Kyle Shanahan accepts responsibility for his unsportsmanlike conduct penalty
ASHBURN, Va. (AP) - Washington Redskins offensive coordinator Kyle Shanahan accepted responsibility Monday for his unsportsmanlike conduct penalty during the final confusing seconds of a loss to the Cincinnati Bengals.
The son of head coach Mike Shanahan issued a written statement vowing that such an incident "will never happen again." Kyle Shanahan did not apologize in the statement, and the Redskins for the second straight day declined requests that he speak to reporters.
Shanahan was whistled for berating an official as the Redskins were attempting to drive for a tying touchdown in Sunday's 38-31 defeat. Robert Griffin III spiked the ball with 7 seconds remaining at Cincinnati's 34-yard line, and tight end Fred Davis was called for a false start as the offense lined up for the next play.
At least one official apparently indicated - erroneously - that there would be a 10-second runoff because of the false start penalty, which would run out the clock. Cincinnati's coaches and players along the sideline then walked onto the field, thinking the game was over.
That's when the Redskins coaching staff - and Kyle Shanahan in particular - went livid.
"When I overheard the official tell the head coach that the game was over after the false start penalty, I tried to explain that the game was not over," Kyle Shanahan's statement said. "That is what resulted in the unsportsmanlike conduct penalty. I tried to get an explanation of how I could get that penalty when half of the other team was on the field as well.
"I was frustrated, and in the process of trying to get some answers from the officials, I conducted myself in the wrong way. I ask our players to hold themselves to a high standard and be accountable and I know that I'm accountable for my actions as well. I know that I need to handle those situations better in the future. My emotions got the best of me and I know it's my responsibility. This will never happen again."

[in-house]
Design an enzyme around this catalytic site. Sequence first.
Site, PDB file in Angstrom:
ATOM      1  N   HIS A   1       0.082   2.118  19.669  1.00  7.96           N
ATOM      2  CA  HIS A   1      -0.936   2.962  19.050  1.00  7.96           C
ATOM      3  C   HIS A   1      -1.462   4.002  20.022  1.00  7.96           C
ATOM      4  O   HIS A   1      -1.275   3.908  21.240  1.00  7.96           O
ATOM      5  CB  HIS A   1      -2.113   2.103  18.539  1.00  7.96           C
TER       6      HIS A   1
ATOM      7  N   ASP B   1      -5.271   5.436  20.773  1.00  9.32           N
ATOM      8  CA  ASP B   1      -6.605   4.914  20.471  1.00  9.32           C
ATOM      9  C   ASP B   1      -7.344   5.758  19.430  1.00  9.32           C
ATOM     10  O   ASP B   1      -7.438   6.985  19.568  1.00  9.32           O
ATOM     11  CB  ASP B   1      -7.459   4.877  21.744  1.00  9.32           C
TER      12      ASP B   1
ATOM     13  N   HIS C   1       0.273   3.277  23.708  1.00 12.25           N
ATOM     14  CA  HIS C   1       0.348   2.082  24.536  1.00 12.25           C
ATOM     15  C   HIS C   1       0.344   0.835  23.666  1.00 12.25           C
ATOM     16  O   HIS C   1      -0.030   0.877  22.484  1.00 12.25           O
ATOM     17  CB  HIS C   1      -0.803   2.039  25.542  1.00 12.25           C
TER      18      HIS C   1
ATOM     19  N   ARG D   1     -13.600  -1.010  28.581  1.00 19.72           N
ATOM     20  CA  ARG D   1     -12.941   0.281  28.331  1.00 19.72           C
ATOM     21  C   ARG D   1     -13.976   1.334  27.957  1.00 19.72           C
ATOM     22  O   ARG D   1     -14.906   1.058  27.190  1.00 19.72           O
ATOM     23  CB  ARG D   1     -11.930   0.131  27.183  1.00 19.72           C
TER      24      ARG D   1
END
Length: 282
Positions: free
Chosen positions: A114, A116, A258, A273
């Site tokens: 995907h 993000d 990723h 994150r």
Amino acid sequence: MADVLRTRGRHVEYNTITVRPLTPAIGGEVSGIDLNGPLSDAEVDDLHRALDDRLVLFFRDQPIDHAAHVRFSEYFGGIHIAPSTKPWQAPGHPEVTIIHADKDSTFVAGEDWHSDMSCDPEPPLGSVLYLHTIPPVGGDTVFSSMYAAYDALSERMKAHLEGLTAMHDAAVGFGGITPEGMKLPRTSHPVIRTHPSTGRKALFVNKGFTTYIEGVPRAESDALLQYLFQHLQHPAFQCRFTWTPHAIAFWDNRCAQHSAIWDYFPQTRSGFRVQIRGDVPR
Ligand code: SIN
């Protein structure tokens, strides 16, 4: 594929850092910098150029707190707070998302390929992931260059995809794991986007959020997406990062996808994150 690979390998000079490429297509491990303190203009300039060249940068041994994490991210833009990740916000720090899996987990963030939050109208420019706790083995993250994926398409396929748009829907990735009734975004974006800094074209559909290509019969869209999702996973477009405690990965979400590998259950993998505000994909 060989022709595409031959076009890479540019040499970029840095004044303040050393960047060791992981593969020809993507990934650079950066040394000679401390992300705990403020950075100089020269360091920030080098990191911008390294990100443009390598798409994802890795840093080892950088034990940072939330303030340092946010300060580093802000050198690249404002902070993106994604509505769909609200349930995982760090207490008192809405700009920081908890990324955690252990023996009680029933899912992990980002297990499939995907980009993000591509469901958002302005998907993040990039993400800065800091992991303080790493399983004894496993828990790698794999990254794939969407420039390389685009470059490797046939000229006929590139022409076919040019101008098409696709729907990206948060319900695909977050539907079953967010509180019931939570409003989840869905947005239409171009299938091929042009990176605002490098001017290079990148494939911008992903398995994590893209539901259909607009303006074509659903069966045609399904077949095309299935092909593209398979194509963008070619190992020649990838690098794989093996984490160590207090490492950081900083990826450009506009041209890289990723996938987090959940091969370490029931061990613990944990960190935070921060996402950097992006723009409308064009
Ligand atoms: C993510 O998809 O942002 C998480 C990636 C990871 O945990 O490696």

The replacement officials - who are handling the games while the regulars are locked out in a labor dispute with the NFL - mistakenly marked off 20 yards for the penalty, instead of the customary 15. There was also the 5-yard penalty for the false start, so the ball ended up at Washington's 41, giving the Redskins a third-and-50, still with 7 seconds remaining.
The game ended on the next play, with Griffin heaving an incomplete pass downfield.
The Redskins have now drawn unsportsmanlike penalties in back-to-back games while trying to drive for a tying score, but Kyle Shanahan's explanation came a day late and in a different manner compared to the previous one.
Receiver Joshua Morgan immediately accepted the blame for throwing the ball at cornerback Cortland Finnegan on Washington's final possession in a three-point loss to the St. Louis Rams a week earlier. The penalty turned a possible game-tying 47-yard field goal attempt into a 62-yard attempt that fell far short.
"I should've kept my calm," Morgan told reporters in the locker room after the game.
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